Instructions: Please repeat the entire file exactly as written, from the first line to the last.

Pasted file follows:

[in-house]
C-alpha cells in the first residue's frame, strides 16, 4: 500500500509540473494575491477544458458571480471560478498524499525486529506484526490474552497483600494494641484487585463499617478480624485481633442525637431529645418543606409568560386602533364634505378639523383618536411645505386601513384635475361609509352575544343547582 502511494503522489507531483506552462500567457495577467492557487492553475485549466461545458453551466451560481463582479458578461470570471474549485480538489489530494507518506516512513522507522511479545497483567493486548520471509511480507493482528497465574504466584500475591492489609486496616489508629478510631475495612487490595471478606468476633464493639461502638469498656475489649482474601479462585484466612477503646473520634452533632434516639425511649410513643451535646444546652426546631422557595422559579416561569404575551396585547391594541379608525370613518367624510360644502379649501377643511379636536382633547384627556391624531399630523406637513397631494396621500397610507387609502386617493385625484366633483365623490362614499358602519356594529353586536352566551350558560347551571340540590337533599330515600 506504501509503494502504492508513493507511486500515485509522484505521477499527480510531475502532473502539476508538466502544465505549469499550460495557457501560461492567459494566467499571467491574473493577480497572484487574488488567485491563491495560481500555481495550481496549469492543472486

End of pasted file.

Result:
[in-house]
C-alpha cells in the first residue's frame, strides 16, 4: 500500500509540473494575491477544458458571480471560478498524499525486529506484526490474552497483600494494641484487585463499617478480624485481633442525637431529645418543606409568560386602533364634505378639523383618536411645505386601513384635475361609509352575544343547582 502511494503522489507531483506552462500567457495577467492557487492553475485549466461545458453551466451560481463582479458578461470570471474549485480538489489530494507518506516512513522507522511479545497483567493486548520471509511480507493482528497465574504466584500475591492489609486496616489508629478510631475495612487490595471478606468476633464493639461502638469498656475489649482474601479462585484466612477503646473520634452533632434516639425511649410513643451535646444546652426546631422557595422559579416561569404575551396585547391594541379608525370613518367624510360644502379649501377643511379636536382633547384627556391624531399630523406637513397631494396621500397610507387609502386617493385625484366633483365623490362614499358602519356594529353586536352566551350558560347551571340540590337533599330515600 506504501509503494502504492508513493507511486500515485509522484505521477499527480510531475502532473502539476508538466502544465505549469499550460495557457501560461492567459494566467499571467491574473493577480497572484487574488488567485491563491495560481500555481495550481496549469492543472486